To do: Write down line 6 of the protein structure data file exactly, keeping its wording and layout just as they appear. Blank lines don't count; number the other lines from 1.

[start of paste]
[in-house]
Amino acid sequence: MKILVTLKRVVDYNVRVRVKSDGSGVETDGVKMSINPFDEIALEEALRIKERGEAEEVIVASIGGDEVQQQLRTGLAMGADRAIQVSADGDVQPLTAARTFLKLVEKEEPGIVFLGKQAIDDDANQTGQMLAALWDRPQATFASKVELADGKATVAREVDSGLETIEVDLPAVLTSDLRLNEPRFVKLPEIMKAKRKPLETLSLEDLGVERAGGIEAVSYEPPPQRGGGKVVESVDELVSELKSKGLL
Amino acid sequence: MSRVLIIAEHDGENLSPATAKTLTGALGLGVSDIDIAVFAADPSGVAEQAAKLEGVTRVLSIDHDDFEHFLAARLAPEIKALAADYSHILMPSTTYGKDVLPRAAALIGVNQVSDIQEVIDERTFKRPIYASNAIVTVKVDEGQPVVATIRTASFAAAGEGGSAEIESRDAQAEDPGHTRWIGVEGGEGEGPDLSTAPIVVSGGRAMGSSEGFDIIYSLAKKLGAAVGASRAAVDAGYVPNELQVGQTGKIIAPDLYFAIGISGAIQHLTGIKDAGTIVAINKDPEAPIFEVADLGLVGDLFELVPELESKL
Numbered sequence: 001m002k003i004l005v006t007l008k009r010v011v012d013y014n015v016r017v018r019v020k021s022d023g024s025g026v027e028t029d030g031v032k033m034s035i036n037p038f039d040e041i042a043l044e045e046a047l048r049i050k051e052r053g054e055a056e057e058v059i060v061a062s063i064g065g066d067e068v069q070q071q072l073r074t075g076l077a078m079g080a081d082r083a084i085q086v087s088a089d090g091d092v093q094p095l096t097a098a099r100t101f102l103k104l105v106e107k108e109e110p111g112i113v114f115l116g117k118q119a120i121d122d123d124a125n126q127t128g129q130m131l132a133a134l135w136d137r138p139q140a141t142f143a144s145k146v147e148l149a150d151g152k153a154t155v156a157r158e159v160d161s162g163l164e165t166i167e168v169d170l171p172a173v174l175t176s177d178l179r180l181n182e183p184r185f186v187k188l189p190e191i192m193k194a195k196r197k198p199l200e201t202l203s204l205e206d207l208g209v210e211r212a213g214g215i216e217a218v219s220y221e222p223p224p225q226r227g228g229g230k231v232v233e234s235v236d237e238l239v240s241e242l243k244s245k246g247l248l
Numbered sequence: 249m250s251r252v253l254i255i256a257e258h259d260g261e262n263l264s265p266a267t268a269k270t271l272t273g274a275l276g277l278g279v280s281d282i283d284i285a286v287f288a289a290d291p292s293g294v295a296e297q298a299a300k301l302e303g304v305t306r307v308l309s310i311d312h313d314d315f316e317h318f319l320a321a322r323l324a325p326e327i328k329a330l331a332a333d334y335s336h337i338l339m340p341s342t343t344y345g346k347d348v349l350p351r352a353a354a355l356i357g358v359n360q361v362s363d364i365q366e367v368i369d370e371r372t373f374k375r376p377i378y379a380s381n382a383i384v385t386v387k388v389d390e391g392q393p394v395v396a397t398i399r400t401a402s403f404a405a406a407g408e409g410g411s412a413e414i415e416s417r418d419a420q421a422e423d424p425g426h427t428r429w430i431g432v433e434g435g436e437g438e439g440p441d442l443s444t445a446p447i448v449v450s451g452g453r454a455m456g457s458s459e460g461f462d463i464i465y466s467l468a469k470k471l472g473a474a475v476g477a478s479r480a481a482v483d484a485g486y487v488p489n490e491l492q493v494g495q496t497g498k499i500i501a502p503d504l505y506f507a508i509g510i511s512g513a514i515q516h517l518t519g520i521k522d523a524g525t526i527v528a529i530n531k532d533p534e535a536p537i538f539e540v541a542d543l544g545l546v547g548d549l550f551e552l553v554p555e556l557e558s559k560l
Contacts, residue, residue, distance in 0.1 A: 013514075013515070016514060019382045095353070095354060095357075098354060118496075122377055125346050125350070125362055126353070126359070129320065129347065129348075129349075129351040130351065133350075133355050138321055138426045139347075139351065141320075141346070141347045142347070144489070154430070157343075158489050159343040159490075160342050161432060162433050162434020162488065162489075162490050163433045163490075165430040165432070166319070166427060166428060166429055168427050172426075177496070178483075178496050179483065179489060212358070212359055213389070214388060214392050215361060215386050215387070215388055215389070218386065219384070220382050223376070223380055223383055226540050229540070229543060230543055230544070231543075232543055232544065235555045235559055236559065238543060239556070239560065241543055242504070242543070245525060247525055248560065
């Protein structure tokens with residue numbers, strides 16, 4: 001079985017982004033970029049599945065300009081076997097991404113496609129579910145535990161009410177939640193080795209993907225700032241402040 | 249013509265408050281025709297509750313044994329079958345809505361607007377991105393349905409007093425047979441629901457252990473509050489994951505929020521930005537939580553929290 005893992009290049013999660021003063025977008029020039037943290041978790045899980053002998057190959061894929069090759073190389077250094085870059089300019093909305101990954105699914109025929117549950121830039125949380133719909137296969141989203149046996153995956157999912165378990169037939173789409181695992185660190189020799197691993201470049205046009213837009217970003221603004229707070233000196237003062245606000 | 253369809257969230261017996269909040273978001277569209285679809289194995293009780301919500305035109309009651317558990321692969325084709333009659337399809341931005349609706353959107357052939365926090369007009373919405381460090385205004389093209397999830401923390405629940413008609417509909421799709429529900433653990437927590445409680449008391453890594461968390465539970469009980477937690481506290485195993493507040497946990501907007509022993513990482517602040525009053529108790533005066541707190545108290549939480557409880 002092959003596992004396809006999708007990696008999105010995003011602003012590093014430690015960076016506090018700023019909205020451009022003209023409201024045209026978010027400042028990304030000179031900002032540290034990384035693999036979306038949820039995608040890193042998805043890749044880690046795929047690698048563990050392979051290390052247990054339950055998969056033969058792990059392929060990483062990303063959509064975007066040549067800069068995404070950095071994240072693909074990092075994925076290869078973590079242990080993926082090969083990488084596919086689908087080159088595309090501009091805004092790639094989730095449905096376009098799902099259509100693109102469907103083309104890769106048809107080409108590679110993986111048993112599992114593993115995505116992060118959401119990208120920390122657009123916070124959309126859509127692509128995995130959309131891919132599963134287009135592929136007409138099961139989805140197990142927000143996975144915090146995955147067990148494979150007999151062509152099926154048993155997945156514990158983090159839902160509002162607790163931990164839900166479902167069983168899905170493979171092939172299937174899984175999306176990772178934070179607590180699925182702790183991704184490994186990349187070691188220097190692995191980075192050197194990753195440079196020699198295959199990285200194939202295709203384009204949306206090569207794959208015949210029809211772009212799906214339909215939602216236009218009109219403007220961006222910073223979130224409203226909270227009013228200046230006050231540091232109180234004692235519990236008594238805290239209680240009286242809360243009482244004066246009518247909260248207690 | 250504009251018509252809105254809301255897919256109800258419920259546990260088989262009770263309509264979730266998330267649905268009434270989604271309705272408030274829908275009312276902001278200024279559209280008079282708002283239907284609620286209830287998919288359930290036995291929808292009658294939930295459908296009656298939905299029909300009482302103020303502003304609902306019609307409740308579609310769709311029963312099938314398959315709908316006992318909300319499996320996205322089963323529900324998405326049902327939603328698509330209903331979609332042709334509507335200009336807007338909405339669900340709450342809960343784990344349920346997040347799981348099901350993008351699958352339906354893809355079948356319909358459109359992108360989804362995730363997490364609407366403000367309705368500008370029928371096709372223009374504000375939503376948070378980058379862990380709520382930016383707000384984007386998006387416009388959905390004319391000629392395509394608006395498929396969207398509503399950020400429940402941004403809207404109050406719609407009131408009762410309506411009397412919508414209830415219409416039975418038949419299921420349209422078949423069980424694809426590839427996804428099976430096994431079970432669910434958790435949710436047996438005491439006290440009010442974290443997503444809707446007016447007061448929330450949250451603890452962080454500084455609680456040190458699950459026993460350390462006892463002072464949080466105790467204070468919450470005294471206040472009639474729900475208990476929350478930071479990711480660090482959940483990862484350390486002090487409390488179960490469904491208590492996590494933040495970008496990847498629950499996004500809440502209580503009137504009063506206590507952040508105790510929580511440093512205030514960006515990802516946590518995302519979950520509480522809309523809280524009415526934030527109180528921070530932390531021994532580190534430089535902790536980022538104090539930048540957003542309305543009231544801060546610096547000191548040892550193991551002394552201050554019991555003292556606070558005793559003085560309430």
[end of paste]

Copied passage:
Contacts, residue, residue, distance in 0.1 A: 013514075013515070016514060019382045095353070095354060095357075098354060118496075122377055125346050125350070125362055126353070126359070129320065129347065129348075129349075129351040130351065133350075133355050138321055138426045139347075139351065141320075141346070141347045142347070144489070154430070157343075158489050159343040159490075160342050161432060162433050162434020162488065162489075162490050163433045163490075165430040165432070166319070166427060166428060166429055168427050172426075177496070178483075178496050179483065179489060212358070212359055213389070214388060214392050215361060215386050215387070215388055215389070218386065219384070220382050223376070223380055223383055226540050229540070229543060230543055230544070231543075232543055232544065235555045235559055236559065238543060239556070239560065241543055242504070242543070245525060247525055248560065